The Annual Union Budget is most awaited every year and as citizens, we look forward to benefits from the government in the form of tax concessions. This year’s budget is surely Senior Citizen’s budget with a bouquet of benefits given specifically to them. A big major change impacting several investors is the change in long-term capital gain tax. A boost to real estate with a change in circle rate definition impacting capital gains taxation, a move towards greater transparency by making TDS provisions applicable to charitable trusts, expansion in the definition of dependent agent, govt now proposes to tax “economic presence” in India of Non-Residents.

While The devil is in the details and its tail packs a punch! Not much mentioned anywhere is the punch- withdrawal to chapter VI deductions if the assessee does not file income tax return by due date nails it for everyone!

So let us understand few key proposals of The Budget 2018:


This is not a new provision and was stopped by the government earlier. The budget has proposed to provide a standard deduction of Rs 40,000 from salary income to employees w.e.f 1.4.2018. However, at the same time also proposed to take away existing annual transport allowance of Rs 19,200 and Rs15,000 medical reimbursement. So need to collect those bills for reimbursement any more. Prima facie income exempted from tax after setting off the gain and loss comes to only Rs 5800.  It will have a nominal impact on most salaried persons. However, with the increase in education cess from 3 to 4% it will eventually lead to more tax liability for employees in the higher tax bracket.

However, this provision will benefit many employees who were earlier getting flat salaries especially junior employees working in the unorganised private sector. Also, Pensioners will get this standard deduction, another benefit for senior citizens, they were not getting any medical reimbursement or transport allowance and will reduce their tax liability.


Much awaited, The Budget has many benefits for Senior Citizens:

Area of gainExisting 2017-18From 2018-19 onwards
Bank Interest Income deduction10,000 on bank saving bank interest and post office interest.


Rs. 50,000/- deduction on saving bank, fixed deposit, recurring deposit, and post office interest

No TDS for this limit

Health Insurance Premium

Section 80D

Rs 30,000/-Rs50,000/-
Exemption on medical expenditure for specific critical illness Section 80 DDBRs60,000/- for senior and Rs 80,000/- for super seniorRs. 1,00,000/- for all
Pradhan Mantri Vaya Vandana YojnaRs 7.5 Lakh started in 2017 for one year. Till May 2018Rs 15 lakhs until 2020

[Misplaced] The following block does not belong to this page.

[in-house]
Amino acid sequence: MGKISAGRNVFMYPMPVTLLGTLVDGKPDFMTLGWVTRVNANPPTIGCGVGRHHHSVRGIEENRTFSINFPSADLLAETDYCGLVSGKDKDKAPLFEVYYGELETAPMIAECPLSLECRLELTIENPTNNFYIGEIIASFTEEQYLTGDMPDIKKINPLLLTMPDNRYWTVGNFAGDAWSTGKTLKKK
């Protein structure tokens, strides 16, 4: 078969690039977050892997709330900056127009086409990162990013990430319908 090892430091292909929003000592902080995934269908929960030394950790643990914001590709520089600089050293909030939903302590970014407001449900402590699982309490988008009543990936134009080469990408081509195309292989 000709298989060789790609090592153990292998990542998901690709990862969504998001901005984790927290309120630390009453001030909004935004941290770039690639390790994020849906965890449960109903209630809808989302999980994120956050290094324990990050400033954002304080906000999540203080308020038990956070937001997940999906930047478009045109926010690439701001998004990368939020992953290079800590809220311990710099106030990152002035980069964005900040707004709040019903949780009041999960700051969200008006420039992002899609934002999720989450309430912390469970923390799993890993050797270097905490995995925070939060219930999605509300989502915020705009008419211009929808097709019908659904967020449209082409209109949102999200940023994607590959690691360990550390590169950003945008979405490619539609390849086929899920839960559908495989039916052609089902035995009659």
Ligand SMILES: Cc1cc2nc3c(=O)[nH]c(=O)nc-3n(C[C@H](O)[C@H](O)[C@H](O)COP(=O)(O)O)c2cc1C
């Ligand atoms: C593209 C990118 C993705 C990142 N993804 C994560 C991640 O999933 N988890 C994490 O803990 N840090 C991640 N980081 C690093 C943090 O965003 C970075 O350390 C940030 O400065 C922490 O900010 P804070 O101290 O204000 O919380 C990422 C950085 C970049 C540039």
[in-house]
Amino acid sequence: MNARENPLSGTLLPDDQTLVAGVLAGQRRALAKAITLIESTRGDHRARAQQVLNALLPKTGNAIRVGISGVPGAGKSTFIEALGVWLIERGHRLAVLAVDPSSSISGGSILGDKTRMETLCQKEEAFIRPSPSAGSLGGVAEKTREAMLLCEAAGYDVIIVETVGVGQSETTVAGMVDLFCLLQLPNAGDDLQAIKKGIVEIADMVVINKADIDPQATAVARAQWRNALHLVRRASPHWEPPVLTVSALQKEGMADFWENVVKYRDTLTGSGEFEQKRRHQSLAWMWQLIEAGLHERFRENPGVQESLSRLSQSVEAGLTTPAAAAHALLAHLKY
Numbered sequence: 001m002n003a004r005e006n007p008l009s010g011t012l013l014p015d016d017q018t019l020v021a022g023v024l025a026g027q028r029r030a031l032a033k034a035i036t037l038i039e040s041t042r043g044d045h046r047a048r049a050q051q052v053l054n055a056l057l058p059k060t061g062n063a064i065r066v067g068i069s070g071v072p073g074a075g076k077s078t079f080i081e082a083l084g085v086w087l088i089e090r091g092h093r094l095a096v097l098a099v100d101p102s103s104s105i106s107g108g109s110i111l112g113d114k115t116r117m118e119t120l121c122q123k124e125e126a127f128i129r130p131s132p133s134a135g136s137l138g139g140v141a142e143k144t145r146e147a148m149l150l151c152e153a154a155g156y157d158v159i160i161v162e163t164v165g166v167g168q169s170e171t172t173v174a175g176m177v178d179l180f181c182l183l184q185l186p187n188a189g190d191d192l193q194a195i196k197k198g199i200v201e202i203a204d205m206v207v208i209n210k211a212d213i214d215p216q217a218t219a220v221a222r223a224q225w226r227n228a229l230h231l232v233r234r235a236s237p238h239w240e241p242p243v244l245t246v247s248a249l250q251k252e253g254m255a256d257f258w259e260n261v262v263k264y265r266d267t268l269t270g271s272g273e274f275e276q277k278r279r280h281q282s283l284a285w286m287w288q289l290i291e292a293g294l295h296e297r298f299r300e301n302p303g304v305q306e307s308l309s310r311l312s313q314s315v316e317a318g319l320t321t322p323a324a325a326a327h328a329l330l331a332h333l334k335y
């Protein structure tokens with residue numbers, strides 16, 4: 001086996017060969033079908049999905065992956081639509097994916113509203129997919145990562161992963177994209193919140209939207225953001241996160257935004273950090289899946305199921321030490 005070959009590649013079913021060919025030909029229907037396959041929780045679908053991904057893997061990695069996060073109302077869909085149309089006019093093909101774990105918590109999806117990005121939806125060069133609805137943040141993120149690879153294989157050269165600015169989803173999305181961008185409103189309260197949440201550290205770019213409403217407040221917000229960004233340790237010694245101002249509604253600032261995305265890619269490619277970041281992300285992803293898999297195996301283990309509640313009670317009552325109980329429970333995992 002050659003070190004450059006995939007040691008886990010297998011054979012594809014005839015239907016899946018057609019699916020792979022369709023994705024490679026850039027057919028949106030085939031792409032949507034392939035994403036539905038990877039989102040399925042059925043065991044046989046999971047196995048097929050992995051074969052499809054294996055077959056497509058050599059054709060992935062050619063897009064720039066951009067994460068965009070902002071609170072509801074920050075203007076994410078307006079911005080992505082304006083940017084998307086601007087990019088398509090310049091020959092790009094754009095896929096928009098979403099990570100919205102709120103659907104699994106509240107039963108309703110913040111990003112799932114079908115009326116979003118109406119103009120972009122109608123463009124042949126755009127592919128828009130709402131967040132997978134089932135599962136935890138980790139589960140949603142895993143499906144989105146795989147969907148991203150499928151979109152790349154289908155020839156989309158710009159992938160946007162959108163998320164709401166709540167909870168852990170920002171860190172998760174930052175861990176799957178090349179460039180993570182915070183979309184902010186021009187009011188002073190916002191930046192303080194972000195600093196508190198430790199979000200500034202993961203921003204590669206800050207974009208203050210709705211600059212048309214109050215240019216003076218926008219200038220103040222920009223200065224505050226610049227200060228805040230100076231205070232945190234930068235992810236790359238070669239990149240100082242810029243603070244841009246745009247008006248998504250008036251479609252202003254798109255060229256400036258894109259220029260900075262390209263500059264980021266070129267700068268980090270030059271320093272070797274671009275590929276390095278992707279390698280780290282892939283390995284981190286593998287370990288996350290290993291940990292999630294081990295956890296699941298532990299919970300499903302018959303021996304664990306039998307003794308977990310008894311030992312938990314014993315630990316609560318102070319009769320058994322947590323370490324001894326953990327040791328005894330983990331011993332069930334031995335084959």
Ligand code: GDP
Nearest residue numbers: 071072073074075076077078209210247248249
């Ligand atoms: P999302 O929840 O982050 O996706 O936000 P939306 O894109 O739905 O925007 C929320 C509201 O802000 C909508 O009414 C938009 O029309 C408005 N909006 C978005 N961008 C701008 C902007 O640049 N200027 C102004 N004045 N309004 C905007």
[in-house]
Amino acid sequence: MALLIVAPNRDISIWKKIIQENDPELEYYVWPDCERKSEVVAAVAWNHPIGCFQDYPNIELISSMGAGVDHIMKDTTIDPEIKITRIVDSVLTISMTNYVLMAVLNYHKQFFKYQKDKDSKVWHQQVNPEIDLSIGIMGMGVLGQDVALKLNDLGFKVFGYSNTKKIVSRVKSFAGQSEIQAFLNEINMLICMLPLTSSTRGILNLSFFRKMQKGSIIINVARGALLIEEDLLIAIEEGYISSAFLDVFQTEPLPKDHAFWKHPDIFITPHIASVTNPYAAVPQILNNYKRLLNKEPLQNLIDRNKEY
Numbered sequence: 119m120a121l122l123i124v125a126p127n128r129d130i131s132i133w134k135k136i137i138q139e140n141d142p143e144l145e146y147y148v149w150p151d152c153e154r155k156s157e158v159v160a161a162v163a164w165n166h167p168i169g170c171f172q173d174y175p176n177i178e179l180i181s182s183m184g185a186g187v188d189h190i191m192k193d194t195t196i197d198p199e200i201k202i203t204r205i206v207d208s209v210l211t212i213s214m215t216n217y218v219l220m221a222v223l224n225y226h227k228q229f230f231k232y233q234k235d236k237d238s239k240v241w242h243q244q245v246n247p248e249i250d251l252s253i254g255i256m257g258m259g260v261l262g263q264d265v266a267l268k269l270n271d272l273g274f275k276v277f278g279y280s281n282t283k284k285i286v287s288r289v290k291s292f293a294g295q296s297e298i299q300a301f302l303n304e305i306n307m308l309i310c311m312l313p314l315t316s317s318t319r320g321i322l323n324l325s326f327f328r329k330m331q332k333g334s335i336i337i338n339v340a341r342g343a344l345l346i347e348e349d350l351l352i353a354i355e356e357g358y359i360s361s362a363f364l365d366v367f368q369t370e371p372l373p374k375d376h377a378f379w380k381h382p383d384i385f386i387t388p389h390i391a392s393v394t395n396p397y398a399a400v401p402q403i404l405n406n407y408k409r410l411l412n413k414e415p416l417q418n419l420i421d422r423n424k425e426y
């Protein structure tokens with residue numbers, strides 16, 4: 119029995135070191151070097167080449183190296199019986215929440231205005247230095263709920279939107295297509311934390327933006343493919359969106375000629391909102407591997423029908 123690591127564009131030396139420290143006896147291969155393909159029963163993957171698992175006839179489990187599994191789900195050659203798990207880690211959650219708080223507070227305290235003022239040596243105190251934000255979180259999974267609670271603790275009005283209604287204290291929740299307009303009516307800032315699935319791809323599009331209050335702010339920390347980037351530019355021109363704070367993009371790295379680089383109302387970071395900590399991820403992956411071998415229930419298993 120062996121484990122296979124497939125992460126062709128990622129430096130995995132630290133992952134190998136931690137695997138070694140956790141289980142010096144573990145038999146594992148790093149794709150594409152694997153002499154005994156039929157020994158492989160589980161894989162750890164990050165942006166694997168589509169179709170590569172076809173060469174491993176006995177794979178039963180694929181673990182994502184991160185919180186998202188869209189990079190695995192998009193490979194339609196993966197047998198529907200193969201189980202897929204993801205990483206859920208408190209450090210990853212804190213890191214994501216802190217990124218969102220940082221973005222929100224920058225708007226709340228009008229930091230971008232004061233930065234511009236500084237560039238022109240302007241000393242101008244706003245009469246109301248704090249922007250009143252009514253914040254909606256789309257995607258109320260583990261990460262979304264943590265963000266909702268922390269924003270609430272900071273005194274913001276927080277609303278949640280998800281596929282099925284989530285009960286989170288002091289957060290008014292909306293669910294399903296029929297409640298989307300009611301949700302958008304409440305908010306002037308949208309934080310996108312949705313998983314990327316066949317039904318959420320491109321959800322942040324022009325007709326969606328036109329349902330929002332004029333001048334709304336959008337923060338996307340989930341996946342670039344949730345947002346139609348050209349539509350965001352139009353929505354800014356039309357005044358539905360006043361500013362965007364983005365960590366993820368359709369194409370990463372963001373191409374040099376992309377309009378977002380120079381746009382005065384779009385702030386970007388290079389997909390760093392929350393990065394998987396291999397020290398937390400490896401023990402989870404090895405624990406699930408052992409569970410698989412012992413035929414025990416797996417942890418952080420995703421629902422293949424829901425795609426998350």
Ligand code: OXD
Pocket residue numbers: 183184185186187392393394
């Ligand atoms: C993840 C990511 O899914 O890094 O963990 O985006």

INTEREST INCOME: In a welcome move, the tax exemption limit on interest income from bank savings deposits and post office schemes has been raised to Rs 50,000 from the existing Rs 10,000. It now also covers the interest income from fixed deposits and recurring deposits. This means that no tax will have to be deducted at source (TDS) on such income under Section 194A.

Given that post office schemes and fixed deposits comprise a big chunk of senior citizens’ retiral corpus, this will result in a significant rise in their savings if their income falls in the taxable bracket. It also implies that senior citizens who do not have a taxable income will not have to furnish Form 15H if they do not want tax deducted at source.

The LIC scheme, for seniors above 60 years of age, was started in 2017 for one year but has now been extended to March 2020. It offers an assured return of 8 percent for 10 years and is an attractive option for senior citizens despite it being taxed at maturity. Given that the Senior Citizen’s Savings Scheme is the only other plan that at 8.3 per cent, this scheme offers a return of 8 per cent and is a good option to invest in for the seniors who do not fall in the taxable bracket.



Circle rates are state governments’ benchmark or reference property prices on which they calculate the stamp duty payable. They are also known as ‘ready reckoner’ or ‘collector rates’.

For example, according to the present practice, if a property being sold is valued at Rs 10 million, but the circle rate is Rs 10.05 million, the buyer has to pay tax on Rs 500,000 based on his slab rate. An individual in the 30 per cent tax bracket pays Rs 150,000 in tax. The difference is considered as a ‘profit’ for the buyer under section 56(2) of the Income-tax Act.

However, according to the Budget proposal, he will not need to pay any tax in case the variation is up to 5 percent.